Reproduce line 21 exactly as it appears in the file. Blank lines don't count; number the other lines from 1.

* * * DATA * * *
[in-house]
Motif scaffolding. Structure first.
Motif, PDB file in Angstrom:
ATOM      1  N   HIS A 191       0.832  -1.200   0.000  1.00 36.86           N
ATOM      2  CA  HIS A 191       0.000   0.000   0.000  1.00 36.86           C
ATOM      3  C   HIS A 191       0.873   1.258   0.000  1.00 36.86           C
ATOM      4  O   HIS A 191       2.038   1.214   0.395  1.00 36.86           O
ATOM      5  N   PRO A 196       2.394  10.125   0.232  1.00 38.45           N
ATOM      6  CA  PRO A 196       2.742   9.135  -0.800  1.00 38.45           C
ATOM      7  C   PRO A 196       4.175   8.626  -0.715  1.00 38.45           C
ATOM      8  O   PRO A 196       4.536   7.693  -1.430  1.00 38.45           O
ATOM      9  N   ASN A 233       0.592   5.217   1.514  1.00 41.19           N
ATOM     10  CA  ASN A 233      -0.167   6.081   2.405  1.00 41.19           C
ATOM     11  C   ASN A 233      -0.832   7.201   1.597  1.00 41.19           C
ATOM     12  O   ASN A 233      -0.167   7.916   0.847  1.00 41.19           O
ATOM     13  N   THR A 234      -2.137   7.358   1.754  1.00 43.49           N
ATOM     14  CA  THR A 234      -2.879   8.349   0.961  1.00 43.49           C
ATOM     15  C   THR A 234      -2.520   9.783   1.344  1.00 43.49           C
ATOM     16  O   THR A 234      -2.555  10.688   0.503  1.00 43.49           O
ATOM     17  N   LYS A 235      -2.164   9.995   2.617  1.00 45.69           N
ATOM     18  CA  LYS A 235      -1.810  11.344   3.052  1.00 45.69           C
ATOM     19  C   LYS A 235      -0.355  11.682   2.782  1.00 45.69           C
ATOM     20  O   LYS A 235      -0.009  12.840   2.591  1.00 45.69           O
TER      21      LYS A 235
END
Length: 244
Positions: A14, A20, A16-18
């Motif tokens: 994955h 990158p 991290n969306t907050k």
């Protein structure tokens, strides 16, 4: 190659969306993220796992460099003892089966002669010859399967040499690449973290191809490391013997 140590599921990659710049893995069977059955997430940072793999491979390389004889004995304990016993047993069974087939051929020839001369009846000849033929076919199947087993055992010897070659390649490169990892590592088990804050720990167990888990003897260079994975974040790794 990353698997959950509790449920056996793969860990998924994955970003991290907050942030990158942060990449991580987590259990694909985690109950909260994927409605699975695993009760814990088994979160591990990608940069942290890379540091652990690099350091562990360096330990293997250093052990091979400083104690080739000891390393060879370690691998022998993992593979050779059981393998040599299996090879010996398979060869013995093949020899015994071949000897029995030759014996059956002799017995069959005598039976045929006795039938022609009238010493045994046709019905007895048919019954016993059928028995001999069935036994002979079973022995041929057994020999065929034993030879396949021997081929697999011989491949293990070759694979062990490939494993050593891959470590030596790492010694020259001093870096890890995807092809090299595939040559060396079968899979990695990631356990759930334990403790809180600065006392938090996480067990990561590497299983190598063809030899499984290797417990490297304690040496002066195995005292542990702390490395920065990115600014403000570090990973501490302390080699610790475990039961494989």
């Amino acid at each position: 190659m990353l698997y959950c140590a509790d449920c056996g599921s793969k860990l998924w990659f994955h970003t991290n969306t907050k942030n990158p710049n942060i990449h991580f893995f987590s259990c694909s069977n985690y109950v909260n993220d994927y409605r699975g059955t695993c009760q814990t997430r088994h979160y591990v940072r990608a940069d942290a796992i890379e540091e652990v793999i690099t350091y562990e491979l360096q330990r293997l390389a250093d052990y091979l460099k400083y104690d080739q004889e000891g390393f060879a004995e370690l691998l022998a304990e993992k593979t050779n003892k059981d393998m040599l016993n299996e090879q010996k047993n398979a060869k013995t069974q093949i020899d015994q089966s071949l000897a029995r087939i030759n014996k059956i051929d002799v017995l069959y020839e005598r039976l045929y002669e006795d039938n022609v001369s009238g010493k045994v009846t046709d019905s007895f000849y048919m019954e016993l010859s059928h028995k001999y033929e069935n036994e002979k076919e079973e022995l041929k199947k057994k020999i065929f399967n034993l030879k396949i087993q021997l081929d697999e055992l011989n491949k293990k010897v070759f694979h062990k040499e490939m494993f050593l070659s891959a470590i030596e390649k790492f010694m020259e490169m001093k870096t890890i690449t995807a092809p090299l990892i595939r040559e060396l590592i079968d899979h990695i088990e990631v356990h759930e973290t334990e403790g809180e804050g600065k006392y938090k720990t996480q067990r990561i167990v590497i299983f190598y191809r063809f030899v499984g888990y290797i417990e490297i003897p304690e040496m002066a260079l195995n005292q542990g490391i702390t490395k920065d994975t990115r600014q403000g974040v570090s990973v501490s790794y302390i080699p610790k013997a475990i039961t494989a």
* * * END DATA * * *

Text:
ATOM     18  CA  LYS A 235      -1.810  11.344   3.052  1.00 45.69           C